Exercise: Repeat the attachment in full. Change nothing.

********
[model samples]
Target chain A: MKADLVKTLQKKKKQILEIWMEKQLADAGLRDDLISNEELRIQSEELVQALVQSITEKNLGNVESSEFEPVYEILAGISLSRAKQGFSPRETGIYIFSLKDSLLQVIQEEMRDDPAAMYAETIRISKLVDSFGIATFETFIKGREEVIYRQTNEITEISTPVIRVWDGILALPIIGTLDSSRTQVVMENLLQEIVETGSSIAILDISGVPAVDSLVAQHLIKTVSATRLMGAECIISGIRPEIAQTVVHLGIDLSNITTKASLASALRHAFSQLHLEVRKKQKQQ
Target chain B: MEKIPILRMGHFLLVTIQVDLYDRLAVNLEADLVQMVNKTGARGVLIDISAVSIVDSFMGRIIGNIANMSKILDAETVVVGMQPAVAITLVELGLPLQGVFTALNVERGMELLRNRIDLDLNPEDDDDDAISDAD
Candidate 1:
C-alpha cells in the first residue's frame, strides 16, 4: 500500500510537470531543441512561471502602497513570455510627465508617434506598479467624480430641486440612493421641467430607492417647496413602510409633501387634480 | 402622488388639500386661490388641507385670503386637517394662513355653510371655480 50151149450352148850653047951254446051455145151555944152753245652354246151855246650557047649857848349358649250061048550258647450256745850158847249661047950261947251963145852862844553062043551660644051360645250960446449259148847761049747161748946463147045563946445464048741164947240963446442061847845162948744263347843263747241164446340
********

[model samples]
Target chain A: MKADLVKTLQKKKKQILEIWMEKQLADAGLRDDLISNEELRIQSEELVQALVQSITEKNLGNVESSEFEPVYEILAGISLSRAKQGFSPRETGIYIFSLKDSLLQVIQEEMRDDPAAMYAETIRISKLVDSFGIATFETFIKGREEVIYRQTNEITEISTPVIRVWDGILALPIIGTLDSSRTQVVMENLLQEIVETGSSIAILDISGVPAVDSLVAQHLIKTVSATRLMGAECIISGIRPEIAQTVVHLGIDLSNITTKASLASALRHAFSQLHLEVRKKQKQQ
Target chain B: MEKIPILRMGHFLLVTIQVDLYDRLAVNLEADLVQMVNKTGARGVLIDISAVSIVDSFMGRIIGNIANMSKILDAETVVVGMQPAVAITLVELGLPLQGVFTALNVERGMELLRNRIDLDLNPEDDDDDAISDAD
Candidate 1:
C-alpha cells in the first residue's frame, strides 16, 4: 500500500510537470531543441512561471502602497513570455510627465508617434506598479467624480430641486440612493421641467430607492417647496413602510409633501387634480 | 402622488388639500386661490388641507385670503386637517394662513355653510371655480 50151149450352148850653047951254446051455145151555944152753245652354246151855246650557047649857848349358649250061048550258647450256745850158847249661047950261947251963145852862844553062043551660644051360645250960446449259148847761049747161748946463147045563946445464048741164947240963446442061847845162948744263347843263747241164446340